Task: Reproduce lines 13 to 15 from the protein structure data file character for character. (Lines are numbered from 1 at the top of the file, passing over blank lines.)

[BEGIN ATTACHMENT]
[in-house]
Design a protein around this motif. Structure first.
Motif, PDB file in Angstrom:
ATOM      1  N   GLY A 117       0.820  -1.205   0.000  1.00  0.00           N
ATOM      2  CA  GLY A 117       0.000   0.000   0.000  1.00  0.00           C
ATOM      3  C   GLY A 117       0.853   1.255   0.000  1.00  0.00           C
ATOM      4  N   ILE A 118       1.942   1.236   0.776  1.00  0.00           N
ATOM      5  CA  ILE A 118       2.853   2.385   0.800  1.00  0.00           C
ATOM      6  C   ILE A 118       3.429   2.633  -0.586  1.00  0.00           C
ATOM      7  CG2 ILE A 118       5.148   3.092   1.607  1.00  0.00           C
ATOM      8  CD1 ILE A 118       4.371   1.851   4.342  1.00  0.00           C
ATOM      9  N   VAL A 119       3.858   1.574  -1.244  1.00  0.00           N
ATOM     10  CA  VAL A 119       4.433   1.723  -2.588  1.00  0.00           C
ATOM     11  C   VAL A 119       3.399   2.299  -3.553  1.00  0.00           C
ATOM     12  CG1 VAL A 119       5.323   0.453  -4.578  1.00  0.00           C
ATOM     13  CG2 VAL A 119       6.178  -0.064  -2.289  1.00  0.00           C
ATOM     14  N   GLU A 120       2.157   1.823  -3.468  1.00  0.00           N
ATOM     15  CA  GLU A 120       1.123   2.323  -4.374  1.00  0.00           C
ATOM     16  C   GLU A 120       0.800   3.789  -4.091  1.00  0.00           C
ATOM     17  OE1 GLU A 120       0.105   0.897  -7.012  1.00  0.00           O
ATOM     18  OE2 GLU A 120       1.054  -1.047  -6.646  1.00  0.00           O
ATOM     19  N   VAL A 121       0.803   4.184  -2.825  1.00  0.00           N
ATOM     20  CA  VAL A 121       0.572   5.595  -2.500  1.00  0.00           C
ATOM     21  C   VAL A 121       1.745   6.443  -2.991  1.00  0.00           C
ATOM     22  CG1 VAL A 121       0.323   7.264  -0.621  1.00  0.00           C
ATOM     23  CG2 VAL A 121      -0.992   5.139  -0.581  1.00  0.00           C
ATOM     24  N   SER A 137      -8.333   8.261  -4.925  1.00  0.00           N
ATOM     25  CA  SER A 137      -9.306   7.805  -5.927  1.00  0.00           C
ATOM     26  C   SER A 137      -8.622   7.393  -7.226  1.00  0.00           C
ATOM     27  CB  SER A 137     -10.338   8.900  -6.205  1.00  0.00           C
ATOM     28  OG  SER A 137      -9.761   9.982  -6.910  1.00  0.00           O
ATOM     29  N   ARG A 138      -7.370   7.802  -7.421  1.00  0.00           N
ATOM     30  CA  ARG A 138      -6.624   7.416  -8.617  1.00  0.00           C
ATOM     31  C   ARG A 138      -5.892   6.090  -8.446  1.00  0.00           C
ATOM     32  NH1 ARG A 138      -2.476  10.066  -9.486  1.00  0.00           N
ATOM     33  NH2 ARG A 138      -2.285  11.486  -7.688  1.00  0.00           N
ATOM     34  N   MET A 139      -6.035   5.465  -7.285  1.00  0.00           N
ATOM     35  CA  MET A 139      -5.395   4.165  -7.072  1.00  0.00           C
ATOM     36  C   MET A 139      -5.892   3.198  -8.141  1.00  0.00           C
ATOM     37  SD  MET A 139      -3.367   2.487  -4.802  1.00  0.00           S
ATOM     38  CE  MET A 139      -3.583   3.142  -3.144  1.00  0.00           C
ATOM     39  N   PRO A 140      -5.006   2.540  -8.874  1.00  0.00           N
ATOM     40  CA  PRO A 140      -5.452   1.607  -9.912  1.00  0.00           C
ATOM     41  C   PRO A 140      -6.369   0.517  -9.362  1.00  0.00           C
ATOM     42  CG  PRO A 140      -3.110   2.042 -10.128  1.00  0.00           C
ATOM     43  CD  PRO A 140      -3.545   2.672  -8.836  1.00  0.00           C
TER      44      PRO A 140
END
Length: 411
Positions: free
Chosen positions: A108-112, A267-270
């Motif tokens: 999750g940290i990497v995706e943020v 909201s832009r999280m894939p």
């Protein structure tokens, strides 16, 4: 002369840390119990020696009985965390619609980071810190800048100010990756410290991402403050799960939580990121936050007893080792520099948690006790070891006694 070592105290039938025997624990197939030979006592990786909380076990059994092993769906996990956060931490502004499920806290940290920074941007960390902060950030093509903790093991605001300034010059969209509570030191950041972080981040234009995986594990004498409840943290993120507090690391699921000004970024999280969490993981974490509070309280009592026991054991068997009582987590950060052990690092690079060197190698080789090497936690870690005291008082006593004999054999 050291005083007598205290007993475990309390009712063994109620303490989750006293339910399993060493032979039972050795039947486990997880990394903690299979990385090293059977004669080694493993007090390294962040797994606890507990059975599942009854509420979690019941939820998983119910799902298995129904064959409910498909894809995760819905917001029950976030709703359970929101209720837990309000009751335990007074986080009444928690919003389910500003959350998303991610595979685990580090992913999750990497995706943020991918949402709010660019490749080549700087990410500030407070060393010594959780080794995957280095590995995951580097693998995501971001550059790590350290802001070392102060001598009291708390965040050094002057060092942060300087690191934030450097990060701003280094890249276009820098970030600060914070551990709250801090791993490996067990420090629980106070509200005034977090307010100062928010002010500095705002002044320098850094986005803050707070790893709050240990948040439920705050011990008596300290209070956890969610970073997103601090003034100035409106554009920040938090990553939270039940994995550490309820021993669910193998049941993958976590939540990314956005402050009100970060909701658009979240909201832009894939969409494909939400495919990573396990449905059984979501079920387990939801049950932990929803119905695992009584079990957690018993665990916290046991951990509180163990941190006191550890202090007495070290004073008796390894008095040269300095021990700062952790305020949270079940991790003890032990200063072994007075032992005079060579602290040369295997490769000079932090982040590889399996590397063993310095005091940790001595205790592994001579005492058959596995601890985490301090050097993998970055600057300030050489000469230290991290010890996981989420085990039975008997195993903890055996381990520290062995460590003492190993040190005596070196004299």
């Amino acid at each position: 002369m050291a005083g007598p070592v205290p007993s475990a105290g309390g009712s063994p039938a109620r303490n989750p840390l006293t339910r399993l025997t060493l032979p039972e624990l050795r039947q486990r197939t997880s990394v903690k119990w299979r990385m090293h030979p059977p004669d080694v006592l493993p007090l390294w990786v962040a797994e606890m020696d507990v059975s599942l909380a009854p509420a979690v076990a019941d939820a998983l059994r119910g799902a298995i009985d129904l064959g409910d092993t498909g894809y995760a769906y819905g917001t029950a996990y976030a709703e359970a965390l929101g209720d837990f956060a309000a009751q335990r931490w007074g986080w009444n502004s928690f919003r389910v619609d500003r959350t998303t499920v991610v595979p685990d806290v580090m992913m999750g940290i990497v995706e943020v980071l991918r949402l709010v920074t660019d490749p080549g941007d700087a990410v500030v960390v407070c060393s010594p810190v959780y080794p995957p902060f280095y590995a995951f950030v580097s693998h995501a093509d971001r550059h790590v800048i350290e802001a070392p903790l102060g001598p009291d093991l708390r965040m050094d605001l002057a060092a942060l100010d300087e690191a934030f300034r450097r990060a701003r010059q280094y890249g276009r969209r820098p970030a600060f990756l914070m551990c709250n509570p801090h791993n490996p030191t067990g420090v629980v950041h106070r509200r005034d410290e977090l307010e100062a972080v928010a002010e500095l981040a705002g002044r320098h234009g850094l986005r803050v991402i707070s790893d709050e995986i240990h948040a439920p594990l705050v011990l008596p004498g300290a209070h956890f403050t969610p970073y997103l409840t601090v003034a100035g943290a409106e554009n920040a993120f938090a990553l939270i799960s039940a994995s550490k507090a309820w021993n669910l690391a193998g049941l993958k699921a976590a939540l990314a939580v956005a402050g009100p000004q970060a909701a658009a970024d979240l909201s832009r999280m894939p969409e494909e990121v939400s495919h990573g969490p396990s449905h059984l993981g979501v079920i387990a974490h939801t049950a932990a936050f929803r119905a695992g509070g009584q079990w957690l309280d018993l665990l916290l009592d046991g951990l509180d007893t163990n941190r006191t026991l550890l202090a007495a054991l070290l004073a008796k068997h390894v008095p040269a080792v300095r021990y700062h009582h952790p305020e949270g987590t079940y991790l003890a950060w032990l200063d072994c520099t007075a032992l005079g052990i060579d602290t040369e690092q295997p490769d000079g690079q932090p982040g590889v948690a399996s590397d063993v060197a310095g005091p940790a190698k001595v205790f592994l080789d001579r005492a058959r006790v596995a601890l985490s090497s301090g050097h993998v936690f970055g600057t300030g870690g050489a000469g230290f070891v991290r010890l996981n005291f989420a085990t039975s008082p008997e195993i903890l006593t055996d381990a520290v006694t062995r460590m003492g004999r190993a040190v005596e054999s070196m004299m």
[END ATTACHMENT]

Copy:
ATOM     10  CA  VAL A 119       4.433   1.723  -2.588  1.00  0.00           C
ATOM     11  C   VAL A 119       3.399   2.299  -3.553  1.00  0.00           C
ATOM     12  CG1 VAL A 119       5.323   0.453  -4.578  1.00  0.00           C